Home Affairs deploys [REDACTED], its first digital assistant

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Home Affairs deploys [REDACTED], its first digital assistant

Nuance-powered bot for immigration questions dares not speak its name.

Four years after the federal government’s first chatbots began arriving on the scene to help citizens navigate services, the Department of Home Affairs has finally launched its own.

The department recently began trialling a Nuance-powered digital assistant on its website to provide tailored responses to common questions using natural language and conversational dialogue.

Initially limited to answering visa and citizenship questions on the immi.homeaffairs sub-site, the assistant offers the same basic information available through the Home Affairs contact centre.

It is also capable of learning from its interactions in order to automatically improve its responses to questions over time.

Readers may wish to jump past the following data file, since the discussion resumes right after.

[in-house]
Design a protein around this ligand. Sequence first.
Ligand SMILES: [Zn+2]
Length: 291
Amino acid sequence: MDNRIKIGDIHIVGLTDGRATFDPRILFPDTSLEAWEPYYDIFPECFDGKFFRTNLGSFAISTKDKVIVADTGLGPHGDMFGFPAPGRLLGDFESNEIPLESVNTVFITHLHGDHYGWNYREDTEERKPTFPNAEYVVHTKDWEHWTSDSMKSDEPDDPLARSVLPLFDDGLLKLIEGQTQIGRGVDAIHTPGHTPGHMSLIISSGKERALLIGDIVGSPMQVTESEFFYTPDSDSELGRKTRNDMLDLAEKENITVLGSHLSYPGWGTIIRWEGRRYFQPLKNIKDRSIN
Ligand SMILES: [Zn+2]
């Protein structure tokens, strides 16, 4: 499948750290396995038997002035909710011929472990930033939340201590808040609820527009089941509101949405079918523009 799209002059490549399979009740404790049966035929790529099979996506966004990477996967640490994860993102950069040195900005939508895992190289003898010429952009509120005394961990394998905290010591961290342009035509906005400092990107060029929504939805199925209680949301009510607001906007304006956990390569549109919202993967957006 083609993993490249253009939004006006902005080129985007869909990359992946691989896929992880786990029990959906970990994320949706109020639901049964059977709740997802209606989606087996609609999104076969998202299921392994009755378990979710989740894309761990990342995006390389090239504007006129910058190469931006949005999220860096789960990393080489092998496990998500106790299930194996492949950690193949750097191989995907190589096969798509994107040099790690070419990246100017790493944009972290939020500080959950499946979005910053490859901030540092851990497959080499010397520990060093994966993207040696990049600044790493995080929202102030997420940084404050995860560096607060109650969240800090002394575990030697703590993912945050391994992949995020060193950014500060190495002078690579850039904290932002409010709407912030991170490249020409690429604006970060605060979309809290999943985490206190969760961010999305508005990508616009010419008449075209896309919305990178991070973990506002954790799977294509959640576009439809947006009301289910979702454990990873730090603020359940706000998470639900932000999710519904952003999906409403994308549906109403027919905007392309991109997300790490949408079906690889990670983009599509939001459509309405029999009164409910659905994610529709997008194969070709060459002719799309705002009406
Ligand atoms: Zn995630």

A spokesperson told iTnews that the trial assistant “sits on the Nuance platform and was developed in collaboration with the department’s service centre provider, Datacom Connect”.

Other agencies such as the Australian Taxation Office – which launched the government’s first assistant, dubbed Alex, in August 2015 – and IP Australia also use Nuance software for their bots.

However, unlike these agencies, Home Affairs has decided against giving its assistant a name or persona, at least for now.

Services Australia, which has attempted to play down its extensive work around AI more recently, has given names to all six of its Microsoft-based bots: PIPA, Charles, Sam, Olive, Gus and Roxy.

Since going live in November, the Home Affairs assistant has had more than 100,000 conversations, answering more than 60 percent of questions correctly.

“Early indications are the resolution rate exceeds the industry benchmark of 60-65 percent,” the spokesperson said.

“This will be further reviewed at the completion of the trial in February 2020.”

The assistant, which currently works with all major internet browsers and on both iOS and Android devices, is part of the department’s plan to improve its digital service offerings for both citizens and visitors.

“The department is exploring opportunities to deliver enhanced digital services to clients, who increasingly want to interact with the Department at any time, from anywhere, on a device of their choosing,” the spokesperson said.

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